China's Energy Transition: Strategies to mitigate carbon lock-in (Apr 2006 - Apr 2009)

China is experiencing a sustained period of rapid economic growth, accompanied by large annual increases in energy demand. Coal continues to dominate the Chinese energy system, and accounts for the majority of new power generation capacity. Demand for imported oil is also increasing sharply. The environmental side effects of these trends are serious - both for China and for the international community.

This Tyndall funded project aims to assess alternative energy futures for China, examining the potentials for China to transform to make the transition to a less carbon-intensive, more sustainable energy path. The project will work with Chinese organisations to assess the success of policy initiatives, lessons learned and obstacles faced, paralleled with UK experience. The policy implications of this project will inform China and the UK about future energy policy options, and deployment of energy technology collaboration programmes.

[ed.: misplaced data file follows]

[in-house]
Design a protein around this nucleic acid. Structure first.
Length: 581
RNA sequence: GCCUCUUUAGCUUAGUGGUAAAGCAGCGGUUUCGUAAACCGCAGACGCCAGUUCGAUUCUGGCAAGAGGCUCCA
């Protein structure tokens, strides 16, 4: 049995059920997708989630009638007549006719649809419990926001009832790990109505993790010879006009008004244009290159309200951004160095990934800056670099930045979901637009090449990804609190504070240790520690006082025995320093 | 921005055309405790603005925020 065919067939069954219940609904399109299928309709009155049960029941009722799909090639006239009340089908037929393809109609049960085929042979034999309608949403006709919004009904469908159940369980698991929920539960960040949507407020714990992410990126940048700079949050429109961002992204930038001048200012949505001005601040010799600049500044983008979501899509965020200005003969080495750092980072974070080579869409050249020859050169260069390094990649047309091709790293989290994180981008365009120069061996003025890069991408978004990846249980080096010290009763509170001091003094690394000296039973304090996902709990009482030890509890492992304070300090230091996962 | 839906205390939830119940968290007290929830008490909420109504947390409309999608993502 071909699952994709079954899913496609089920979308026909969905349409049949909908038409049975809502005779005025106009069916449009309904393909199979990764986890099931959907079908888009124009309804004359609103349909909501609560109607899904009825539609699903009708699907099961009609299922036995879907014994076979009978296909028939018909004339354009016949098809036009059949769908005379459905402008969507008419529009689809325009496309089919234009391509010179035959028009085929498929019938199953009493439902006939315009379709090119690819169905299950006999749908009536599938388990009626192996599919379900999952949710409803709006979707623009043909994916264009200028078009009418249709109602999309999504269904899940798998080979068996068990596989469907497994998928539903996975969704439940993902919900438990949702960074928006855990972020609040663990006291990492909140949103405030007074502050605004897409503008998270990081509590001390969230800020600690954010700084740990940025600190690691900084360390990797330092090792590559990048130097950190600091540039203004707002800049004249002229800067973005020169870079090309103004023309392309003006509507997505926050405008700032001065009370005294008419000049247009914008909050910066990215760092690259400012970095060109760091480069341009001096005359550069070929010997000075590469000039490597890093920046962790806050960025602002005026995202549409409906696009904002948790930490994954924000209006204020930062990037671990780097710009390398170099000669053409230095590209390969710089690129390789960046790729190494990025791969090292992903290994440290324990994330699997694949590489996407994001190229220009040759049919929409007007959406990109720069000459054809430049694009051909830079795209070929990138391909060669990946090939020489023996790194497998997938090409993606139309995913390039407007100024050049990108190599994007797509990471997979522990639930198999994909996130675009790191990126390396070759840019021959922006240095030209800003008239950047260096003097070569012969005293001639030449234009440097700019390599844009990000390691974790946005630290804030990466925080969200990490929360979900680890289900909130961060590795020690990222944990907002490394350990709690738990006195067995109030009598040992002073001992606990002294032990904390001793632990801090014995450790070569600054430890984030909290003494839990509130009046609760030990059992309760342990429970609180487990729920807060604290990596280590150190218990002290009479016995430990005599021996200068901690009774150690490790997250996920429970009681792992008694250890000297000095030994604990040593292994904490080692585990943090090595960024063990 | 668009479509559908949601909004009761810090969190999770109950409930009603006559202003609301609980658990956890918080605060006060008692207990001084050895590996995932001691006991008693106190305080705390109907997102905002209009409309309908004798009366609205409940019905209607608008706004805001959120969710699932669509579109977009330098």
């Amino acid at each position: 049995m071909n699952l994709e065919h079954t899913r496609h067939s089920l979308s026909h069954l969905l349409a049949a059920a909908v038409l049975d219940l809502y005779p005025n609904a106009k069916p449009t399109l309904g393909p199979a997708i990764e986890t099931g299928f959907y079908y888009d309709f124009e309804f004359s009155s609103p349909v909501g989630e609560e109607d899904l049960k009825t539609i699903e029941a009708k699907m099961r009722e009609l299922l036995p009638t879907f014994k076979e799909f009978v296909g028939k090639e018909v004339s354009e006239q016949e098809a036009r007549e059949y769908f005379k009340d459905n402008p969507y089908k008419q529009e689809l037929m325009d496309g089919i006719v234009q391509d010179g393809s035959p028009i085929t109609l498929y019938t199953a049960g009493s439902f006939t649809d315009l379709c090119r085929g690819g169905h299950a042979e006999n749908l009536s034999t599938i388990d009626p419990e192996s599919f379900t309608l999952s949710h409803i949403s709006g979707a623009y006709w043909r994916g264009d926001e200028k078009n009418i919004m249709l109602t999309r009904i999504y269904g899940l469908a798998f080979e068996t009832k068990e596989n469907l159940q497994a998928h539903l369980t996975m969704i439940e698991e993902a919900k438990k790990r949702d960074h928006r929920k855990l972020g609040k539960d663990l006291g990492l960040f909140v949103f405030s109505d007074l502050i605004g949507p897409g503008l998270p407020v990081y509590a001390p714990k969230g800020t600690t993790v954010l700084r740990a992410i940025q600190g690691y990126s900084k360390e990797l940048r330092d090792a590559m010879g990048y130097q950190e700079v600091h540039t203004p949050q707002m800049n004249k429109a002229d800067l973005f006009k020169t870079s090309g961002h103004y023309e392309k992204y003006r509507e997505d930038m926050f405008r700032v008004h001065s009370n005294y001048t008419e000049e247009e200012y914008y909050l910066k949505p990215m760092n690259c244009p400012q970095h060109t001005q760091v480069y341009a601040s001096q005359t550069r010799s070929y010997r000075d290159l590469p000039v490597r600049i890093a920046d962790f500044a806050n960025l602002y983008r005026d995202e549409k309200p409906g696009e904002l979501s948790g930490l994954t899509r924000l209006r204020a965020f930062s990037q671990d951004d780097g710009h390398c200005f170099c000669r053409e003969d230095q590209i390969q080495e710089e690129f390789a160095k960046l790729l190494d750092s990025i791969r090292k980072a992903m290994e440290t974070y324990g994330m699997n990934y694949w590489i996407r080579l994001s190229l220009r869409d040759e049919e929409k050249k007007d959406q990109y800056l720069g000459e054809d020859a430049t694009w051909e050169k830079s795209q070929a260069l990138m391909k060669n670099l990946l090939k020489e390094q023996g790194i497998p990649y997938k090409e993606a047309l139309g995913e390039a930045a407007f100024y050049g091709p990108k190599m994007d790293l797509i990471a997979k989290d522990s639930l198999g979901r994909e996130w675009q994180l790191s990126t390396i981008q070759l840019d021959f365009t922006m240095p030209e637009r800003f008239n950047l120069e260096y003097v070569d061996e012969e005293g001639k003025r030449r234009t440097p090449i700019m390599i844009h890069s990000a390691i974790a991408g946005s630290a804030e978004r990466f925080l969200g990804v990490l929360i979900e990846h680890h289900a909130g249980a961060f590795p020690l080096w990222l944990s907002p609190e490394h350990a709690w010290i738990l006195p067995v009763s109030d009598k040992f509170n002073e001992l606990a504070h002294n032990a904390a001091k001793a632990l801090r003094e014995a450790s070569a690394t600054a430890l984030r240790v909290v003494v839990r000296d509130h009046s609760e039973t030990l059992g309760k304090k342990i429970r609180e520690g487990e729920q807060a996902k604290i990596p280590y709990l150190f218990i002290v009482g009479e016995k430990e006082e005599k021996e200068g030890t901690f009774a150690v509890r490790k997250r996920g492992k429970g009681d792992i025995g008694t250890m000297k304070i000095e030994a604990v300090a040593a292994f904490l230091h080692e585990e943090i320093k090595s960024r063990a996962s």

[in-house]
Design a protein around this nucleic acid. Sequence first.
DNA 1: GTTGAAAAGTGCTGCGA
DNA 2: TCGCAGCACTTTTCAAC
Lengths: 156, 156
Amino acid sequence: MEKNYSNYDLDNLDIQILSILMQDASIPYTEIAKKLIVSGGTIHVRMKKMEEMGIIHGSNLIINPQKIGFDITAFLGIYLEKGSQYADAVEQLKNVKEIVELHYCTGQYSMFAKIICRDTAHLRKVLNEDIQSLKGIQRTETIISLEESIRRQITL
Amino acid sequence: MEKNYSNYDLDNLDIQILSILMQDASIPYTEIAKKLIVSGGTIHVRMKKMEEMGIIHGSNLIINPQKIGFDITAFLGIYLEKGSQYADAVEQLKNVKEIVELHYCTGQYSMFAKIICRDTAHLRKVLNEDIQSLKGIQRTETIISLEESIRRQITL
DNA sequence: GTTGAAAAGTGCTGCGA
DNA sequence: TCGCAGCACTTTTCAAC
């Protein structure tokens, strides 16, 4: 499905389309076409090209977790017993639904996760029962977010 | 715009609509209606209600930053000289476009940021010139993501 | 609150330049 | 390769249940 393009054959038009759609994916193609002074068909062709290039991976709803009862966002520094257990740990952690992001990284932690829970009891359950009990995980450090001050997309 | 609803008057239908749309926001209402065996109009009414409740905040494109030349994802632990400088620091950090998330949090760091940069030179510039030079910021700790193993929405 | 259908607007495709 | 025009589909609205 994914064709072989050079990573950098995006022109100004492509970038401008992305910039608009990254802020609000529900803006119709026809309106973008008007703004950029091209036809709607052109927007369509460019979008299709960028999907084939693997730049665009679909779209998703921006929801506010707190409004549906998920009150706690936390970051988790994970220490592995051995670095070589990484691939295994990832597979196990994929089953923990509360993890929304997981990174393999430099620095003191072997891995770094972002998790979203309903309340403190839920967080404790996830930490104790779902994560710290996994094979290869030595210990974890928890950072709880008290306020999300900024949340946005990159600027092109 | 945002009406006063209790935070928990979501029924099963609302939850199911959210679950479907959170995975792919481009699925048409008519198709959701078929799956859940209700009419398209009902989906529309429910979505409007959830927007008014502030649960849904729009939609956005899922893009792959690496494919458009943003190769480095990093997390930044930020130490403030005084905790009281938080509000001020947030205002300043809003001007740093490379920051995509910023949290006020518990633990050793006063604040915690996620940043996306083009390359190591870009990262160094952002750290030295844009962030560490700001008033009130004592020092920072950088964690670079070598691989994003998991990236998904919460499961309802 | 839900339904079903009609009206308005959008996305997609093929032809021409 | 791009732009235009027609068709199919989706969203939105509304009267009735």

This project builds on previous work on energy and environment in China at the University of Sussex, carried out from 1999-2002.

Project Summary: China's Energy Transition: Strategies to mitigate carbon lock-in

Workshops: Tyndall China Workshop, Beijing 2007

Project outputs:

Download the Final Report and the presentations at the report launch event in Beijng on 29th April 2009 by Dr Tao Wang, Dr Jim Watson and Dr Jiang Kejun.

tyndall_china_summary_-_feb_08.pdf681.92 KB
china_final_report.pdf2.13 MB
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